When looking at a powder coated surface up close, you will find the surface isn’t super smooth like paint. It often has a texture known as orange peel, and sanding or using cutting compounds could remove some of this texture, causing a visual difference.

There is also no clear coat over your powder coat, and for this reason is a good option for color matching paint pens. There are a lot of variations of paint colors out there, one company estimating more than 60,000 variations of standard colors can be found on the market. Using a black that differs from the black on your vehicle will cause an eyesore often worse than the scratch itself. 

As you’ve read through our articles here at Shine Armor, we often discourage using colored pens since adding color on top of your clear paint looks, well, less than ideal. A single stage, or paint without clear is the only exception to this.


Polished Metals

A great option for metal surfaces is to polish the metal itself. This can be found primarily with aluminum rims due to its natural rust resistance, but can sometimes be found with steel. 

This involves sanding the surfaces to a near mirror finish, then adding a protective layer over the top such as a polish or sealant. 


Repairing Polished Metals

When repairing polished metal surfaces, it’s important to take things slowly. For surface scratches, you will be using a polish that’s specific to your metal type. Aluminum polishes are designed to clean and protect aluminum, and shouldn’t be used on steel, and vise-versa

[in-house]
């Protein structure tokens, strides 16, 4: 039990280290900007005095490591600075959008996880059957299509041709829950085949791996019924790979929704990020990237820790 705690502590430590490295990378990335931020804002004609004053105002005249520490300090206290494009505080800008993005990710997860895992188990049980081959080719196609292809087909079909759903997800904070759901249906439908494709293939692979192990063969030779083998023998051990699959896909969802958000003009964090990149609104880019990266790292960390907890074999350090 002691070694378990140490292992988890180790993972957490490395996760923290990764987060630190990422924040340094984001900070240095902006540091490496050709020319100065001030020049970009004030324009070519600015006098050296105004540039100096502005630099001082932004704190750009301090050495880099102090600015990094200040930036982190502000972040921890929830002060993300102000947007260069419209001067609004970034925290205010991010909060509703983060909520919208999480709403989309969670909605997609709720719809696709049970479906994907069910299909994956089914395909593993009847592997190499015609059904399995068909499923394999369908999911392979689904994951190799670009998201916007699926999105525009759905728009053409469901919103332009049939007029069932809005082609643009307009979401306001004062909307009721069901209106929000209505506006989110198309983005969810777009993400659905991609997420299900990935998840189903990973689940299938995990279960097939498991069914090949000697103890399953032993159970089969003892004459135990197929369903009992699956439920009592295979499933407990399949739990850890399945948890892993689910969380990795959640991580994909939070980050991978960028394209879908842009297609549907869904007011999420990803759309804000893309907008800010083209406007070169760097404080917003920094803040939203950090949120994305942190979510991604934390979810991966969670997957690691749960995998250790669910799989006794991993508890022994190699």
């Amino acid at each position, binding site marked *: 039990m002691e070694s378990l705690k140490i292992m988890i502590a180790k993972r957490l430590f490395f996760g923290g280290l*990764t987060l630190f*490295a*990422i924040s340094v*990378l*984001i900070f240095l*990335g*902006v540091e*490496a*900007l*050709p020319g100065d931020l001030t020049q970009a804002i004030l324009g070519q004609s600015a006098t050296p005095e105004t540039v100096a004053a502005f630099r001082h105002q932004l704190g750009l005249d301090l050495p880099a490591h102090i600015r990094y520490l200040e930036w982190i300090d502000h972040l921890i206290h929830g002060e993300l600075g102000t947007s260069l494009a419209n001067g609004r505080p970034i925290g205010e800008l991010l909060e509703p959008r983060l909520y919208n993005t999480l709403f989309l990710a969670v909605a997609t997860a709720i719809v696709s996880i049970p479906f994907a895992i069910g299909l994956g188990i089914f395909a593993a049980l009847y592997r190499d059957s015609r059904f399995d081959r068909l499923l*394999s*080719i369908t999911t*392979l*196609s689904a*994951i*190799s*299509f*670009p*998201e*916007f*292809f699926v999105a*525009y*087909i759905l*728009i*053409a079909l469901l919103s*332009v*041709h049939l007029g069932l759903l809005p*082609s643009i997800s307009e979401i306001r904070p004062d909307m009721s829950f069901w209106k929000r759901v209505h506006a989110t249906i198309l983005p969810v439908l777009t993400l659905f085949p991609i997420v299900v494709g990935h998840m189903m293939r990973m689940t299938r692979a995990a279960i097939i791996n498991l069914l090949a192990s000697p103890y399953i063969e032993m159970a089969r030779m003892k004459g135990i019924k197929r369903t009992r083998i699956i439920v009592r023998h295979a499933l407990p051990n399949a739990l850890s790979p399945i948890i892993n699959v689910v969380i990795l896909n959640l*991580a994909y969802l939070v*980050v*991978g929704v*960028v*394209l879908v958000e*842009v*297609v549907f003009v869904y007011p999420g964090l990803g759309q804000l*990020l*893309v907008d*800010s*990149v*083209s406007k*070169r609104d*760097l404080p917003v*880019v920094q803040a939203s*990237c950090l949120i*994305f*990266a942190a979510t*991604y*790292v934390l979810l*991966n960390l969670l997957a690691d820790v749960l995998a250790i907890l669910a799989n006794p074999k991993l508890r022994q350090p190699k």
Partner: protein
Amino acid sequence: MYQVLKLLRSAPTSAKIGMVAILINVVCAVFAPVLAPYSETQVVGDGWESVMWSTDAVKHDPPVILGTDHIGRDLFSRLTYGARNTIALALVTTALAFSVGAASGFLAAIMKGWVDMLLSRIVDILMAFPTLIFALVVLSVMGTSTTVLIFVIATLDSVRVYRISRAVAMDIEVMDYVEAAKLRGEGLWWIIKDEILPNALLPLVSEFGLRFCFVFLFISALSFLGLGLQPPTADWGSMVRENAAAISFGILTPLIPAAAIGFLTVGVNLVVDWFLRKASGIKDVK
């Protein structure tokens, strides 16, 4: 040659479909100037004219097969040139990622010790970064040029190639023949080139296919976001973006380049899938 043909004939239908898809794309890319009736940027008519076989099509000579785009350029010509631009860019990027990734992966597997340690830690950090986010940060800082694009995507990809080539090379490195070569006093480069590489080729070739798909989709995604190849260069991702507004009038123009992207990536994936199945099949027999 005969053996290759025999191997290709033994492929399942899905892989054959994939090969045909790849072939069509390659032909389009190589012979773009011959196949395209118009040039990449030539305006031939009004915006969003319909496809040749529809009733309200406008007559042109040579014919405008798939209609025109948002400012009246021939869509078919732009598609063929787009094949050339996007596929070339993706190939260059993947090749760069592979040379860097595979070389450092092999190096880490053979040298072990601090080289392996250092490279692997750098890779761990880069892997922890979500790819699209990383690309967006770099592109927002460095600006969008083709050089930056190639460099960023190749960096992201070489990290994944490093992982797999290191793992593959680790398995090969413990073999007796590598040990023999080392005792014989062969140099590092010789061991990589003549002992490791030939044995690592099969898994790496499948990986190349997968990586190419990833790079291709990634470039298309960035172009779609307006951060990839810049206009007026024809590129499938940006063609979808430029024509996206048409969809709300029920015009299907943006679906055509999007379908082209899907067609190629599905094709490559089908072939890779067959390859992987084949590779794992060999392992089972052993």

For deep scratches, you may need to wet sand the area depending the depth of damage. For deep scratches you will often start with an 800 grit wet paper, and finishing with 2000 grit or more. Once you’ve reached 2000, you will work your way back through the polishes to get a mirror finish. 

If issues are left alone, over time rust and oxidation will cause pitting, which damages the surface of the metal. Pitting is not simply removed, while surface pitting can be reduced, deep pitting can cause risk to the wheels structure. 


Chromed Finishes 

A popular option for wheels and bumpers for decades has been chroming. To chrome a product, it involves a chemical acid bath and application process creating an extremely hard, resistant surface. 

While these high gloss surfaces are a great sight, having items chromed is expensive, meaning you should maintain your finish. Polishing is the primary defense with chrome wheels, since the coating is hardened the surfaces are known to get minor scratches. 

You can use high grit sandpaper lightly with chroming, but with this being a multi-layer process -- sanding too deep could cause damage. 



Clean wheels are a great way to let your car truly shine in the sunlight, while dull rims could take away from your clean look. Repairing these scratches can reduce the eyesore, and stop corrosion and rust in their tracks. 

Repairing scratches can be time consuming or costly. Adding protective coatings such as those from Shine Armor can protect your surfaces for years to come, maintaining that deep shine and reducing the risk of damage. 

Understanding your surface will allow you to take control of all of your car's needs and imperfections, and growing your vehicle knowledge, you will become a true at-home-pro!